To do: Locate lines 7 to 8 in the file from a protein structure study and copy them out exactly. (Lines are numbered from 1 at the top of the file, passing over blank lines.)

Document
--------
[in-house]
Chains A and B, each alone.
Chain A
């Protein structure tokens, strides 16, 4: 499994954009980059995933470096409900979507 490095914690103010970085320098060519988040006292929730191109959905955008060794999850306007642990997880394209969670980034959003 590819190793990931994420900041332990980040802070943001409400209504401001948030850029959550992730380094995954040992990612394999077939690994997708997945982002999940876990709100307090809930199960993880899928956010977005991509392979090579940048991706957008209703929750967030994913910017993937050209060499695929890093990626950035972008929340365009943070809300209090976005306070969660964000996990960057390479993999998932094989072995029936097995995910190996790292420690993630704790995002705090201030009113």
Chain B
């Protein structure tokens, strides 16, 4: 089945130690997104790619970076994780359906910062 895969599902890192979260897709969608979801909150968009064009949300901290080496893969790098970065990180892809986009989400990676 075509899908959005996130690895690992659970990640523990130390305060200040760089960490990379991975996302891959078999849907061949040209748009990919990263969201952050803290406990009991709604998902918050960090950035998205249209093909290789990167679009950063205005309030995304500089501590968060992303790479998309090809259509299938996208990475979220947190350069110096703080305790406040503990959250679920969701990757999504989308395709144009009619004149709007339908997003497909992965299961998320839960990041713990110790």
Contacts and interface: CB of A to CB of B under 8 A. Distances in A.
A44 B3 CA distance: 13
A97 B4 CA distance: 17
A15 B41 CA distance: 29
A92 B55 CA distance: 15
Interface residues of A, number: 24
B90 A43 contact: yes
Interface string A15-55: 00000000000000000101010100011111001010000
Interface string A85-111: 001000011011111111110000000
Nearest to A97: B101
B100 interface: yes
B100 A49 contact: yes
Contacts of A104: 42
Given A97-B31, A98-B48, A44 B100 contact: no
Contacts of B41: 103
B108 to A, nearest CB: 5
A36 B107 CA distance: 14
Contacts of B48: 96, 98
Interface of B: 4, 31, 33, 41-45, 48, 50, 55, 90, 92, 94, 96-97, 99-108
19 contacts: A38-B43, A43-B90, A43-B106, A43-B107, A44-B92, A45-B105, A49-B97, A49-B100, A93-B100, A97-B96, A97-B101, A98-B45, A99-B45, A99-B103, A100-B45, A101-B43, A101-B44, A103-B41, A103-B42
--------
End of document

Contacts and interface: CB of A to CB of B under 8 A. Distances in A.
A44 B3 CA distance: 13